I couldn’t help but think, this is a Southern gentleman. This is a boy who was raised right. He only talked back once, briefly and gently, when Simon told him he didn’t have the “grit” necessary to pull off Gavin DeGraw (a ridiculous critique to an amazing performance). But week after week, he stood tall, listened to what they said (despite, as he so well phrased it, not all of it being useful) and let his expression speak volumes while keeping respectfully quiet.
I also appreciated throughout his time on AI just how grateful he seemed to be for the opportunity. He cried only once, after making past an early round in Hollywood, yet you could see in that moment and through every step of the process just how much this meant to him, how happy he was just to have the chance to play, how lucky he knew he was to get this exposure. He acted as if every week on the show was a gift. In this jaded age, it’s so refreshing to see someone so guileless and humble.
The music: I’ve loved many of Casey’s American Idol performances and have written about them in the past. But what sets him apart for me is his love of playing — it’s infectious and reminds you of the early days of music before it became a business. Watching Casey in pre-Idol videos, or jamming with other musicians off the Idol stage, you see someone who is entirely devoted to music. It’s a pleasure watching someone who gets so much joy from what they’re doing — in fact, watching him play guitar almost seems voyeuristic. He connects so deeply with the music and every moment playing seems so important to him. With his looks and personality, Casey could make a living if he never picked up the guitar again (just modeling jeans could probably bring in six figures, easy), but it is clear that all he wants to do is play. Playing isn’t a means to an end for Casey, it is the end. It’s all he wants to do and when you hear him, all you want to do is keep listening.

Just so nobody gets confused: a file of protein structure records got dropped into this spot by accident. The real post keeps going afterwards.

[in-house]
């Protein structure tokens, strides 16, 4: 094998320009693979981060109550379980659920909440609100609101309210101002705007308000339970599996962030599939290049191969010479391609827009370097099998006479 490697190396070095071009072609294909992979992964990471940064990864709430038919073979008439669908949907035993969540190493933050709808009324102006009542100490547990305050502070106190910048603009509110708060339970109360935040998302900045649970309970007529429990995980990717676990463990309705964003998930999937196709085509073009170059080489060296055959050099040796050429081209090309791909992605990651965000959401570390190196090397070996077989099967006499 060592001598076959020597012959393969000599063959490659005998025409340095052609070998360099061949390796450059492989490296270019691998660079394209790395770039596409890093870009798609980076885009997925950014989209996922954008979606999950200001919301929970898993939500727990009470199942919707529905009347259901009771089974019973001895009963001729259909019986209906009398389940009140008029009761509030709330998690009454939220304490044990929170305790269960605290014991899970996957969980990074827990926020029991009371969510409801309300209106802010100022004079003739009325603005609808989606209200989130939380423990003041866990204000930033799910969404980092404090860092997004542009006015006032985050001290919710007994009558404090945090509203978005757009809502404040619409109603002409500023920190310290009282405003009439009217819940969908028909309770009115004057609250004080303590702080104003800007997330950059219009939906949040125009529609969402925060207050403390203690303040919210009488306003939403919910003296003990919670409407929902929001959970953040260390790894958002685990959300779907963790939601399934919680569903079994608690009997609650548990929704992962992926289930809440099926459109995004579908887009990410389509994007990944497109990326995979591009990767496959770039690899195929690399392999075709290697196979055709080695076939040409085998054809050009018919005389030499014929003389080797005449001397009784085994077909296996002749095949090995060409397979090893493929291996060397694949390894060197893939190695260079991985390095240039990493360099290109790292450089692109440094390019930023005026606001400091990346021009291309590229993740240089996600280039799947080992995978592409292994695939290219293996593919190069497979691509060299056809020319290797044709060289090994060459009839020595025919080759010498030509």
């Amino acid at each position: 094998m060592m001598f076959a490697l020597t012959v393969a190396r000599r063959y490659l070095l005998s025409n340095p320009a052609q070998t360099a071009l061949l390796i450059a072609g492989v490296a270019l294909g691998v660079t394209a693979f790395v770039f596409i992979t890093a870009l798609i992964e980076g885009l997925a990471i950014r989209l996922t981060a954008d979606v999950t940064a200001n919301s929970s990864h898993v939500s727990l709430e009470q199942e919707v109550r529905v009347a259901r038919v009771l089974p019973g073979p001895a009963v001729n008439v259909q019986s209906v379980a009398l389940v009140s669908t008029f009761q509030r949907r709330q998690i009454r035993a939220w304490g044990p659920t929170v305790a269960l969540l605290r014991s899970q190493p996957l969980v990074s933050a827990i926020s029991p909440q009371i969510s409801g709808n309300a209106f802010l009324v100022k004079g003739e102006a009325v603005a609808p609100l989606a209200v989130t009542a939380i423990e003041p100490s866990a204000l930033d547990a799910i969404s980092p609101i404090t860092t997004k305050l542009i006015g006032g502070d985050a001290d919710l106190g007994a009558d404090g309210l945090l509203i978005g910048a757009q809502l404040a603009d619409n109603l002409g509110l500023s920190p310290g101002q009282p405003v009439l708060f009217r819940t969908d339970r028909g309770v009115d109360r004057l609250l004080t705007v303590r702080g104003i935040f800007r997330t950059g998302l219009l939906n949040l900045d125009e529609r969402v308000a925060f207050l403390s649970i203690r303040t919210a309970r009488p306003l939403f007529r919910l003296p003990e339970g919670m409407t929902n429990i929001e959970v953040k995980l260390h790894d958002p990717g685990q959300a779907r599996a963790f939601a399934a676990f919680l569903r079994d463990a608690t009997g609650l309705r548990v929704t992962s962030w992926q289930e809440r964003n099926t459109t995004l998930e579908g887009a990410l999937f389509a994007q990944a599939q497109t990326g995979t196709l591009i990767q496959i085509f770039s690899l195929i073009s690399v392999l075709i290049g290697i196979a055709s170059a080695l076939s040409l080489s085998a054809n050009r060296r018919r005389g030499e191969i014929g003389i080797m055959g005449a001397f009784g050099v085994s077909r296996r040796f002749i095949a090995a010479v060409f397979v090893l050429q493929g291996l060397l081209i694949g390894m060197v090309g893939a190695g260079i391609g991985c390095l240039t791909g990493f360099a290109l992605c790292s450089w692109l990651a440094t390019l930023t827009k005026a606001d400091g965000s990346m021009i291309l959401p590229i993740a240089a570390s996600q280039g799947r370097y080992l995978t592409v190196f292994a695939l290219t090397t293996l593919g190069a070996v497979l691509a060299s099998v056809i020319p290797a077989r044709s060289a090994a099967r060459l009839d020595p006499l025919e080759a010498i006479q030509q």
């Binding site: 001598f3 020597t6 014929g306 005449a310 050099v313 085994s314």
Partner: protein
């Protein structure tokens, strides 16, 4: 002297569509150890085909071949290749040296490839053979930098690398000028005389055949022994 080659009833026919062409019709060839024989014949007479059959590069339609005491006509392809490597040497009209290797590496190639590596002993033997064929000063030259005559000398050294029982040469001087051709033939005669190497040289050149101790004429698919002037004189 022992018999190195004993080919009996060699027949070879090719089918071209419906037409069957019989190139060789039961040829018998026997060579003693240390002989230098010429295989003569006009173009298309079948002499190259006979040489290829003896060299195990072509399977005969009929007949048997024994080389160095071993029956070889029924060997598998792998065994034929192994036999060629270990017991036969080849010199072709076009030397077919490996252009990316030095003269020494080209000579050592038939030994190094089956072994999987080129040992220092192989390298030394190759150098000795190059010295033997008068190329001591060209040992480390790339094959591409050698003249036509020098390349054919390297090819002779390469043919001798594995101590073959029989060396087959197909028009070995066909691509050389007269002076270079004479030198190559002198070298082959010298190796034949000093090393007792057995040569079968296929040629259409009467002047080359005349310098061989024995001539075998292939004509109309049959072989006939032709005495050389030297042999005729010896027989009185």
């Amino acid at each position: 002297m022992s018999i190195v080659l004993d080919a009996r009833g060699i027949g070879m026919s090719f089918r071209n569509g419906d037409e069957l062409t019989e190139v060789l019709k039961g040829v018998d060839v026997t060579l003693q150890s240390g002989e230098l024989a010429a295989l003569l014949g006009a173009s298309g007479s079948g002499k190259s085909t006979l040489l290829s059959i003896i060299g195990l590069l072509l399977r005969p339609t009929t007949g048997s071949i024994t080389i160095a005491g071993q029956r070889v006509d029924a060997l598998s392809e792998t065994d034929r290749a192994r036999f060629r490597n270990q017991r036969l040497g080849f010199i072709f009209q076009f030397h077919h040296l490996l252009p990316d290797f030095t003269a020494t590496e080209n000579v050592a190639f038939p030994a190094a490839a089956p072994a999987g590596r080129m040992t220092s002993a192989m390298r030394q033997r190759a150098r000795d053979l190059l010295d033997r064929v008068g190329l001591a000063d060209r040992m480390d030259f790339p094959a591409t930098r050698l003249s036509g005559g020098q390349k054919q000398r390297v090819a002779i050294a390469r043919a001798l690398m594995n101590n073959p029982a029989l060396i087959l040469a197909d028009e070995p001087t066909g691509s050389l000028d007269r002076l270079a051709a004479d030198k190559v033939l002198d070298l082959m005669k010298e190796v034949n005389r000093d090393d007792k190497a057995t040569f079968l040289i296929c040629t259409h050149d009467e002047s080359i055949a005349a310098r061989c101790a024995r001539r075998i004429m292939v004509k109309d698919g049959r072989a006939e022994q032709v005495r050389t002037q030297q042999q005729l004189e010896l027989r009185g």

There has been much talk about his future, how successful will he be, will he get a record deal, all that. I would be shocked if Casey didn’t end up being one of the most successful artists to come out of American Idol. He had a wealth of experience on stage behind him, he is multi-dimensional, he knows music, he sings and plays like an angel, and he has that elusive star power that draws people to him. He has generated quite a bit of buzz, not the least of which came as a result of his duet at the finale with Bret Michaels which totally eclipsed all the other performances that night. It is not surprising that Bret is quoted as saying that he thought Casey was the winner — in a perfect world, he would have been.
What kind of CD should he release? Obviously, one that showcases his many talents and many musical influences. This requires a tough balancing act as the music industry likes labels and needs to put an artist somewhere. But Casey does not readily fit into just one category. What I have found intriguing is that Casey has made me listen to and like music outside my comfort zone (alternative and rock). That is a testament to his talent — he can sell the blues, folk, country (all types of music I’m usually severely allergic to) as well as rock. I think it would be safest and smartest career move if he focuses on the country genre (much as it pains me to admit this) as it’s potentially the biggest umbrella under which to add subgenres later. But I’ll take whatever I can get, because I am a fan, whatever he sings, whatever he plays.